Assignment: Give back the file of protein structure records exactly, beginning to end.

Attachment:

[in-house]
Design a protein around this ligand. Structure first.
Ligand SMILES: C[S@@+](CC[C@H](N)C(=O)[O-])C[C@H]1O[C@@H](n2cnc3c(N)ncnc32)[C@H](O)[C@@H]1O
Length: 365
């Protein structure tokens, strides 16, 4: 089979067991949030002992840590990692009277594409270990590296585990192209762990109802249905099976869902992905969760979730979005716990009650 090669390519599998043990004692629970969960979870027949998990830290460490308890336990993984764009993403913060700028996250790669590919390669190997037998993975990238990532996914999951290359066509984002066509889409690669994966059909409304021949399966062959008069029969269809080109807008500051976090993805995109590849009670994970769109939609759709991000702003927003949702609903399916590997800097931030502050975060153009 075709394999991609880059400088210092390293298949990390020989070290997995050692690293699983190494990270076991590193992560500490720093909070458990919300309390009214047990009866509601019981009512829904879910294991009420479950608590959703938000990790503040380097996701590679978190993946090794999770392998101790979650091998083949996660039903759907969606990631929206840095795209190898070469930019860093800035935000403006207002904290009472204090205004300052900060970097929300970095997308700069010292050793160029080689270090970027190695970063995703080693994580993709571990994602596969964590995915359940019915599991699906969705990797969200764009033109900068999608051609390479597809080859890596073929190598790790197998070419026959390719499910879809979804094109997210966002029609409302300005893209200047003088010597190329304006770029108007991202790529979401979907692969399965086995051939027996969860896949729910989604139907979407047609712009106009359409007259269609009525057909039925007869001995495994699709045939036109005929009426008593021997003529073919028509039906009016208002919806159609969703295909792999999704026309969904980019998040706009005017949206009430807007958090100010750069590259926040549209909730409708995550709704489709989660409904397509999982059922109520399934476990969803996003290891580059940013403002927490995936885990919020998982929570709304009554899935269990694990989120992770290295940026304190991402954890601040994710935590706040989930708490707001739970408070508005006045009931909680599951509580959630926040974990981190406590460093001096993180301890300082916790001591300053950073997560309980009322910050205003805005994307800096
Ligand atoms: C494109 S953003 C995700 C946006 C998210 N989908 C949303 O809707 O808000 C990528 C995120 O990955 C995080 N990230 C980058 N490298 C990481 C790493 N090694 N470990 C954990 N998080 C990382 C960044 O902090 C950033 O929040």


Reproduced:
[in-house]
Design a protein around this ligand. Structure first.
Ligand SMILES: C[S@@+](CC[C@H](N)C(=O)[O-])C[C@H]1O[C@@H](n2cnc3c(N)ncnc32)[C@H](O)[C@@H]1O
Length: 365
């Protein structure tokens, strides 16, 4: 089979067991949030002992840590990692009277594409270990590296585990192209762990109802249905099976869902992905969760979730979005716990009650 090669390519599998043990004692629970969960979870027949998990830290460490308890336990993984764009993403913060700028996250790669590919390669190997037998993975990238990532996914999951290359066509984002066509889409690669994966059909409304021949399966062959008069029969269809080109807008500051976090993805995109590849009670994970769109939609759709991000702003927003949702609903399916590997800097931030502050975060153009 075709394999991609880059400088210092390293298949990390020989070290997995050692690293699983190494990270076991590193992560500490720093909070458990919300309390009214047990009866509601019981009512829904879910294991009420479950608590959703938000990790503040380097996701590679978190993946090794999770392998101790979650091998083949996660039903759907969606990631929206840095795209190898070469930019860093800035935000403006207002904290009472204090205004300052900060970097929300970095997308700069010292050793160029080689270090970027190695970063995703080693994580993709571990994602596969964590995915359940019915599991699906969705990797969200764009033109900068999608051609390479597809080859890596073929190598790790197998070419026959390719499910879809979804094109997210966002029609409302300005893209200047003088010597190329304006770029108007991202790529979401979907692969399965086995051939027996969860896949729910989604139907979407047609712009106009359409007259269609009525057909039925007869001995495994699709045939036109005929009426008593021997003529073919028509039906009016208002919806159609969703295909792999999704026309969904980019998040706009005017949206009430807007958090100010750069590259926040549209909730409708995550709704489709989660409904397509999982059922109520399934476990969803996003290891580059940013403002927490995936885990919020998982929570709304009554899935269990694990989120992770290295940026304190991402954890601040994710935590706040989930708490707001739970408070508005006045009931909680599951509580959630926040974990981190406590460093001096993180301890300082916790001591300053950073997560309980009322910050205003805005994307800096
Ligand atoms: C494109 S953003 C995700 C946006 C998210 N989908 C949303 O809707 O808000 C990528 C995120 O990955 C995080 N990230 C980058 N490298 C990481 C790493 N090694 N470990 C954990 N998080 C990382 C960044 O902090 C950033 O929040």